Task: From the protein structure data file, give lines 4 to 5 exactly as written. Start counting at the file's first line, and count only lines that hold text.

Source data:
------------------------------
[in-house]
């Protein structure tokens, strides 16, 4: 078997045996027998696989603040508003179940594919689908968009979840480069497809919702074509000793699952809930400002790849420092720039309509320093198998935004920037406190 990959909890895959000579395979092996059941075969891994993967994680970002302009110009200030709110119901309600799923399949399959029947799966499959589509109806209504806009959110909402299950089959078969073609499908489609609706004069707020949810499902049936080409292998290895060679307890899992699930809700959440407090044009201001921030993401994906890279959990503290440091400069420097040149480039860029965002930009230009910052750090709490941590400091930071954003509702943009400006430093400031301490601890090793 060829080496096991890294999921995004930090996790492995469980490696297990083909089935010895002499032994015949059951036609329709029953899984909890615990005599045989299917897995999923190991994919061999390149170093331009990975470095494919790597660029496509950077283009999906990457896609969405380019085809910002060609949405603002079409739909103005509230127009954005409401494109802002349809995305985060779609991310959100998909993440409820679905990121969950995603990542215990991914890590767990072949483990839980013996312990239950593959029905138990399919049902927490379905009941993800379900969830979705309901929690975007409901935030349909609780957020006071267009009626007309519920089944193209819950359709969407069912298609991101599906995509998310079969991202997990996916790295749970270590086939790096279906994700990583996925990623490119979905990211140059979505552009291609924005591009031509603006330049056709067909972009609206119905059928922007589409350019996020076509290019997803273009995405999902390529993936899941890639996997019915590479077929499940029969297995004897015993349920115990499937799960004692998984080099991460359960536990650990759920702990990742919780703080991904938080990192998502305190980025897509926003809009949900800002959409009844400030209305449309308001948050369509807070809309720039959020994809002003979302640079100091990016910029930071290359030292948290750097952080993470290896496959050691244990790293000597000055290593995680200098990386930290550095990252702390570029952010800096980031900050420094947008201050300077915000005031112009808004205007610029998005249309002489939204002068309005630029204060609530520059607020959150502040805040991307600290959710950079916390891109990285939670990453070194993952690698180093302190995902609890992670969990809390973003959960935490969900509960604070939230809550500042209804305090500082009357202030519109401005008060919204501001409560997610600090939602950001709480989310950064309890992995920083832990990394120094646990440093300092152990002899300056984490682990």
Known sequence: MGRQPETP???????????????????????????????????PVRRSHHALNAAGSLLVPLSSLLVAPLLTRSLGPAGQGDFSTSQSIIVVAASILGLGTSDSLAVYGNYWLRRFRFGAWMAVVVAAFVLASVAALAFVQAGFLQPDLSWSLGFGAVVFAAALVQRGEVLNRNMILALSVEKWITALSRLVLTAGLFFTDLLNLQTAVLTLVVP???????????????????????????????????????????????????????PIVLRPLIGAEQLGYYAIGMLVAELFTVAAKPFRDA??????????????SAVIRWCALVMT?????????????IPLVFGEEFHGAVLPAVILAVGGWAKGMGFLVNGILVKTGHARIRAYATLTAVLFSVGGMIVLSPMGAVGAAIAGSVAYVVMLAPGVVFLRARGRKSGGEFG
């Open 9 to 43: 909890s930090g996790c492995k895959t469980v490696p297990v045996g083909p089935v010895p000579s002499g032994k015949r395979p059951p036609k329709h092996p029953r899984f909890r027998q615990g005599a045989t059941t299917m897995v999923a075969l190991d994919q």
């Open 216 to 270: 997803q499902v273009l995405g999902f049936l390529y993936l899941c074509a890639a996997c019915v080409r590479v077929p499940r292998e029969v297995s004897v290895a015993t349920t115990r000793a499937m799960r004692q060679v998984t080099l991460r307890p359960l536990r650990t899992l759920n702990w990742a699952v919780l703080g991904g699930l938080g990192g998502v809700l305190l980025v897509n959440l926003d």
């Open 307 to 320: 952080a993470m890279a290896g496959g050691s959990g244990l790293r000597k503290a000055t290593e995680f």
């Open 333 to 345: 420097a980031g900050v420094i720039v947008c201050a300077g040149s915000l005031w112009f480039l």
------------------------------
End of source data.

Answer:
């Open 9 to 43: 909890s930090g996790c492995k895959t469980v490696p297990v045996g083909p089935v010895p000579s002499g032994k015949r395979p059951p036609k329709h092996p029953r899984f909890r027998q615990g005599a045989t059941t299917m897995v999923a075969l190991d994919q």
């Open 216 to 270: 997803q499902v273009l995405g999902f049936l390529y993936l899941c074509a890639a996997c019915v080409r590479v077929p499940r292998e029969v297995s004897v290895a015993t349920t115990r000793a499937m799960r004692q060679v998984t080099l991460r307890p359960l536990r650990t899992l759920n702990w990742a699952v919780l703080g991904g699930l938080g990192g998502v809700l305190l980025v897509n959440l926003d």